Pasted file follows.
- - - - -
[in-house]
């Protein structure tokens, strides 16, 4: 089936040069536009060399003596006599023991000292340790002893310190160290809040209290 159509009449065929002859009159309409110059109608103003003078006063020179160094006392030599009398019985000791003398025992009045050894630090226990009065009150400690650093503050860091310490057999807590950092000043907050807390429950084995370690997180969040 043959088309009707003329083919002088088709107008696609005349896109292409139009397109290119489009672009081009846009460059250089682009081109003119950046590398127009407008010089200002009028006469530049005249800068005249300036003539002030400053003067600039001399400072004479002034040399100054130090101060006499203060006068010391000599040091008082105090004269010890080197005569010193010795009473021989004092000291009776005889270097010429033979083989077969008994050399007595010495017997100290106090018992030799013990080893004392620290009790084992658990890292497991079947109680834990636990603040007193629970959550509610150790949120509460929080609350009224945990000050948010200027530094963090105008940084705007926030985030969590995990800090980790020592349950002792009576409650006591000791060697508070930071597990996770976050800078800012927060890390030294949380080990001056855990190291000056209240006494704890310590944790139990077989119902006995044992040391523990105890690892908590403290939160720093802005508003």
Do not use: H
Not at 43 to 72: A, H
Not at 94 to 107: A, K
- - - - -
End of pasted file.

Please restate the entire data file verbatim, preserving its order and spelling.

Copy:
[in-house]
């Protein structure tokens, strides 16, 4: 089936040069536009060399003596006599023991000292340790002893310190160290809040209290 159509009449065929002859009159309409110059109608103003003078006063020179160094006392030599009398019985000791003398025992009045050894630090226990009065009150400690650093503050860091310490057999807590950092000043907050807390429950084995370690997180969040 043959088309009707003329083919002088088709107008696609005349896109292409139009397109290119489009672009081009846009460059250089682009081109003119950046590398127009407008010089200002009028006469530049005249800068005249300036003539002030400053003067600039001399400072004479002034040399100054130090101060006499203060006068010391000599040091008082105090004269010890080197005569010193010795009473021989004092000291009776005889270097010429033979083989077969008994050399007595010495017997100290106090018992030799013990080893004392620290009790084992658990890292497991079947109680834990636990603040007193629970959550509610150790949120509460929080609350009224945990000050948010200027530094963090105008940084705007926030985030969590995990800090980790020592349950002792009576409650006591000791060697508070930071597990996770976050800078800012927060890390030294949380080990001056855990190291000056209240006494704890310590944790139990077989119902006995044992040391523990105890690892908590403290939160720093802005508003």
Do not use: H
Not at 43 to 72: A, H
Not at 94 to 107: A, K